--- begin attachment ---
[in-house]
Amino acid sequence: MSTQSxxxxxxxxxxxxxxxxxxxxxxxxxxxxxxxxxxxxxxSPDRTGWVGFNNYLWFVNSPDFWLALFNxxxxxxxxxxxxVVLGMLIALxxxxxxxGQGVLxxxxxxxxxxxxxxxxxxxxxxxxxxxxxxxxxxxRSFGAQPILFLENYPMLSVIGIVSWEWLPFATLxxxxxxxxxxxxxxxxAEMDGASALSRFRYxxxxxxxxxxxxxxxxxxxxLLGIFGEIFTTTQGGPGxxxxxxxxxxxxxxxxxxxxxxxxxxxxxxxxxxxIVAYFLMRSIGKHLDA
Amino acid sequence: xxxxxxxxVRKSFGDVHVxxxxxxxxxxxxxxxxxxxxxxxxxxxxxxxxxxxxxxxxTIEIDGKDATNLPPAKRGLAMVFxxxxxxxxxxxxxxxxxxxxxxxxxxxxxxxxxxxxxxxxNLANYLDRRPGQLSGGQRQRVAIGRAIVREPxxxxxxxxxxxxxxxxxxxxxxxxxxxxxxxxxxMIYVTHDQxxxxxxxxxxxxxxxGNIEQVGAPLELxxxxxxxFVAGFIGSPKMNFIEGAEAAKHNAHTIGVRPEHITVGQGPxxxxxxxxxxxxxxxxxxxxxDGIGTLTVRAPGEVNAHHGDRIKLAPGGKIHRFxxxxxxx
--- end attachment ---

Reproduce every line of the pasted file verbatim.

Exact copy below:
[in-house]
Amino acid sequence: MSTQSxxxxxxxxxxxxxxxxxxxxxxxxxxxxxxxxxxxxxxSPDRTGWVGFNNYLWFVNSPDFWLALFNxxxxxxxxxxxxVVLGMLIALxxxxxxxGQGVLxxxxxxxxxxxxxxxxxxxxxxxxxxxxxxxxxxxRSFGAQPILFLENYPMLSVIGIVSWEWLPFATLxxxxxxxxxxxxxxxxAEMDGASALSRFRYxxxxxxxxxxxxxxxxxxxxLLGIFGEIFTTTQGGPGxxxxxxxxxxxxxxxxxxxxxxxxxxxxxxxxxxxIVAYFLMRSIGKHLDA
Amino acid sequence: xxxxxxxxVRKSFGDVHVxxxxxxxxxxxxxxxxxxxxxxxxxxxxxxxxxxxxxxxxTIEIDGKDATNLPPAKRGLAMVFxxxxxxxxxxxxxxxxxxxxxxxxxxxxxxxxxxxxxxxxNLANYLDRRPGQLSGGQRQRVAIGRAIVREPxxxxxxxxxxxxxxxxxxxxxxxxxxxxxxxxxxMIYVTHDQxxxxxxxxxxxxxxxGNIEQVGAPLELxxxxxxxFVAGFIGSPKMNFIEGAEAAKHNAHTIGVRPEHITVGQGPxxxxxxxxxxxxxxxxxxxxxDGIGTLTVRAPGEVNAHHGDRIKLAPGGKIHRFxxxxxxx